Jenny Herrick | New Work
5 minute loop, proposal for a two-channel video installation, in progress
"Duel" is a two-channel video installation in which the footage is mirrored and projected by two projectors, one image on top of another. A single, loud gunshot reverberates throughout a room, and the associated smoke then slowly emerges, fills the screen and finally dissipates over a period of 5 minutes. The action then repeats. At times, the smoke appears light and ephemeral while at others, it appears almost liquid. The piece depicts an action that is at once both extremely violent (the sound of the gun-shot can be felt) and hypnotically beautiful, calling to question culture’s bizarre glorification of and infatuation with violence, while simultaneously asking the viewer to consider the democracy of a gun shot. (The piece was made in response to an incident in 2006 in which the artist's husband, a photojournalist embedded with the US Army in Iraq, was shot twice by a sniper while taking photographs. [He made a full recovery].)
clip from footage
"La Cordura (or the circumference of the Earth)"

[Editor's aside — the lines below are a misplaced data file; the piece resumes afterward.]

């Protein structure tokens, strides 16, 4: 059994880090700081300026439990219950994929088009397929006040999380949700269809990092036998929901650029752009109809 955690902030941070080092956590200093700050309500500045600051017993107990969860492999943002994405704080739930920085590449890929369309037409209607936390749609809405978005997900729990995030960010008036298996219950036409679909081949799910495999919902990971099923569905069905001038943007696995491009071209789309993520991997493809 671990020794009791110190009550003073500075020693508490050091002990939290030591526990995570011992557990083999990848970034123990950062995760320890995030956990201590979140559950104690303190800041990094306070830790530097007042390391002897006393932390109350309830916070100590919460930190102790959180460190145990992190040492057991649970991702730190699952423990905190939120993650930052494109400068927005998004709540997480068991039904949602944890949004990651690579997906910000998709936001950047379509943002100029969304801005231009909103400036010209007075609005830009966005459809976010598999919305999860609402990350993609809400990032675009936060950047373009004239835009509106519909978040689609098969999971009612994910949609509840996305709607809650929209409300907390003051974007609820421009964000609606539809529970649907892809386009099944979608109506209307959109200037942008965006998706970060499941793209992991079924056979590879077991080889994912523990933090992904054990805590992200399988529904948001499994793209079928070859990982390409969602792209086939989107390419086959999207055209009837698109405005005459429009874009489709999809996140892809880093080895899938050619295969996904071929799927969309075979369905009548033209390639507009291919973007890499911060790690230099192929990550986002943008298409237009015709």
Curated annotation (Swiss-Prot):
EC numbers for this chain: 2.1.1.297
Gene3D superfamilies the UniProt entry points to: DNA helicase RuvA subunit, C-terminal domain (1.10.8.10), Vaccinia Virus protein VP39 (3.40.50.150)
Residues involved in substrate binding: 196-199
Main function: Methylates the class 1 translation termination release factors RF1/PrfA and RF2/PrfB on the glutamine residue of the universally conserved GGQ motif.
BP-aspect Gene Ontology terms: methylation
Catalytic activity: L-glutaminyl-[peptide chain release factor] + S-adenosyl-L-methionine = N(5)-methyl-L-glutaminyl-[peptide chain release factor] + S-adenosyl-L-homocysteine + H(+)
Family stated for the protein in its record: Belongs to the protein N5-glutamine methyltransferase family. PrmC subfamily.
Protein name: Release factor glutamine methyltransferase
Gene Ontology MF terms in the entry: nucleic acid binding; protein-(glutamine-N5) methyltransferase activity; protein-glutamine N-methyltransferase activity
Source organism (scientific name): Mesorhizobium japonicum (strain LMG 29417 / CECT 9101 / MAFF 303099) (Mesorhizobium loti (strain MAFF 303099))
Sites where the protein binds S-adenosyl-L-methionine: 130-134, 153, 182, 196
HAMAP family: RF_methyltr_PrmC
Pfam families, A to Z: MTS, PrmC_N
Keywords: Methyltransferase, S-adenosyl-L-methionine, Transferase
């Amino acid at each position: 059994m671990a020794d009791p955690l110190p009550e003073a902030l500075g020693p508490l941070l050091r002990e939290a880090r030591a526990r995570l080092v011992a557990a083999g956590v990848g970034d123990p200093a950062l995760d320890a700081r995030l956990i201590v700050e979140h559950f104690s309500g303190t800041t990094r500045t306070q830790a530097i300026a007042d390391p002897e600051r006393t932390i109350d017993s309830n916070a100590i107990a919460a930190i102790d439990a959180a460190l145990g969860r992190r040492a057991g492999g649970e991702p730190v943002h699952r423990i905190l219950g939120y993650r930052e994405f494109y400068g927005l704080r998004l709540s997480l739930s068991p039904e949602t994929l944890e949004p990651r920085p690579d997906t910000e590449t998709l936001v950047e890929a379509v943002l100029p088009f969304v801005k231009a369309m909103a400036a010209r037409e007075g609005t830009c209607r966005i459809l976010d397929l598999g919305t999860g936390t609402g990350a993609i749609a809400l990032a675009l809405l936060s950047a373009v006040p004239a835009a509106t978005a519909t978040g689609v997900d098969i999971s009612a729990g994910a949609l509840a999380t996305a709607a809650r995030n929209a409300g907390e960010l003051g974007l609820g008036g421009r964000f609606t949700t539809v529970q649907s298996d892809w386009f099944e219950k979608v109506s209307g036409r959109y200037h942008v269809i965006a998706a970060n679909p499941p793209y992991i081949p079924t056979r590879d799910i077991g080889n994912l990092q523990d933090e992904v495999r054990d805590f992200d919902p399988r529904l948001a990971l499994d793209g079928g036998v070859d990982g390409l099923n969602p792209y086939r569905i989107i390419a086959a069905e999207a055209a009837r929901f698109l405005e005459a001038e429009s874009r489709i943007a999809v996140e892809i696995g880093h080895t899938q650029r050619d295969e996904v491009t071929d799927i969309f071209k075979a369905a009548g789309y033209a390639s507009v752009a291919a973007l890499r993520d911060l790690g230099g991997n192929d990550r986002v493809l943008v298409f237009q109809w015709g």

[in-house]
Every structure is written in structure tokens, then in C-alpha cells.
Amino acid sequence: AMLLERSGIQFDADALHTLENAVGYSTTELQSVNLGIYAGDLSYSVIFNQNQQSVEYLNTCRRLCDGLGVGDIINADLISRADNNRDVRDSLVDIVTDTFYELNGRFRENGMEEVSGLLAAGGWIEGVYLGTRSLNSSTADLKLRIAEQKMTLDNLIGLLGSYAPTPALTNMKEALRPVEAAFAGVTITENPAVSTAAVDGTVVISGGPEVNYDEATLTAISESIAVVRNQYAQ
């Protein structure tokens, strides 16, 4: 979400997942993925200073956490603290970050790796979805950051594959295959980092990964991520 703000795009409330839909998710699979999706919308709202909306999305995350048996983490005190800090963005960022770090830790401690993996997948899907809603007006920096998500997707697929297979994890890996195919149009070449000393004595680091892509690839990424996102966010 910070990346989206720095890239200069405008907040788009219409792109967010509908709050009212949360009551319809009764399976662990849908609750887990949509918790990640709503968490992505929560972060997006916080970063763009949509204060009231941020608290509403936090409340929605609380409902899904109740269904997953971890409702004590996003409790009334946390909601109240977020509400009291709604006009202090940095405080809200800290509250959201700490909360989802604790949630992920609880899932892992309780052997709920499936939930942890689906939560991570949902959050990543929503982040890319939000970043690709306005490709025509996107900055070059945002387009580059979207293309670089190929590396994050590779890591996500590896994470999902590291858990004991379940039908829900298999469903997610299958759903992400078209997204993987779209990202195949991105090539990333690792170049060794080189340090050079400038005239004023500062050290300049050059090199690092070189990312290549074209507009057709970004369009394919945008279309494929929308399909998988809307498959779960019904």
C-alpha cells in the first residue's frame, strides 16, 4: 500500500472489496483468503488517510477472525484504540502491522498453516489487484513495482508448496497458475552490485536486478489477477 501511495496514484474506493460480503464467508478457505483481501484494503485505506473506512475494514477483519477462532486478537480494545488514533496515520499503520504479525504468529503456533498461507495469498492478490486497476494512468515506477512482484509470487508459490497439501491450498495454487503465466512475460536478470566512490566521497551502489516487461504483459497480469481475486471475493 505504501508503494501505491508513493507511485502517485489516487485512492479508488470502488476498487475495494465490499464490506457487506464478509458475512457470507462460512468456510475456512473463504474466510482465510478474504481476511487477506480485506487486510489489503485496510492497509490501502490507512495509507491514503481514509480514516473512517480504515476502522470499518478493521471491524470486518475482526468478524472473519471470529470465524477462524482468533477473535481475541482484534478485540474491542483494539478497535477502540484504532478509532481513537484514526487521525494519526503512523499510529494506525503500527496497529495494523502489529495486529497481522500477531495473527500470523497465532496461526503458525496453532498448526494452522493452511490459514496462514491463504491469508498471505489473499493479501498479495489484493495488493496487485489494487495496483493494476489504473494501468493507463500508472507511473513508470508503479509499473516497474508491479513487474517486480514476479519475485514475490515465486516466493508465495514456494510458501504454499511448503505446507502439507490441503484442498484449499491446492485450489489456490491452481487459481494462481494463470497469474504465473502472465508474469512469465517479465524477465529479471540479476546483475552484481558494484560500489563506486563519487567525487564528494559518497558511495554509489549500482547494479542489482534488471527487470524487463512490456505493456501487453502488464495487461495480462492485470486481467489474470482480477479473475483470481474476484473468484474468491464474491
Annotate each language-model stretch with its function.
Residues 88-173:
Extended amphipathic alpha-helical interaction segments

24-hour loop, proposal for a two-channel video installation, in progress
“La Cordura,” which translates to “The Sanity,” is a two channel, 24-hour, single-take video in which a camera was pointed directly at the sky from a point on the equator outside of Quito, Ecuador. The ensuing video traces a line around the Earth’s circumference. I envision this piece being displayed on two large, opposite walls, each projection offset by 12 hours from the other so that when it is noon in one, it is midnight on the opposite wall. The sounds from both night and day can be heard simultaneously as the viewer is asked to contemplate the simple action of the Earth's rotation within the universe. The piece immediately removes the viewer from the trivial realities of everyday life and forces them to contemplate the vastness of our fragile, changing and infinitely crucial atmosphere
diagram of video/performance
three clips from footage
"The Limits of a Function"
2 hours, 53 minutes, single channel video, 2016
"The Limits of a Function" would be displayed as a 2-channel video installation. Below are clips from a video in which a single sheet of paper is folded, unfolded and refolded until it falls apart, 1 hour and 36 minutes later. Nothing specific is ever constructed throughout the single shot, and there is often a sense of uncertainty in the movement of the hands. Once the paper falls apart, the video repeats in reverse, and it becomes unclear if time is moving forward or in reverse; if the goal is construction of deconstruction. As a 2-channel video installation, one video would play the entire 3 hour and 12 minute take forward while the other would play the entire 3 hour and 12 minute take backwards. The images would be projected adjacent to one another and while time was moving forward in one, it would be moving backwards in the other.
three clips from footage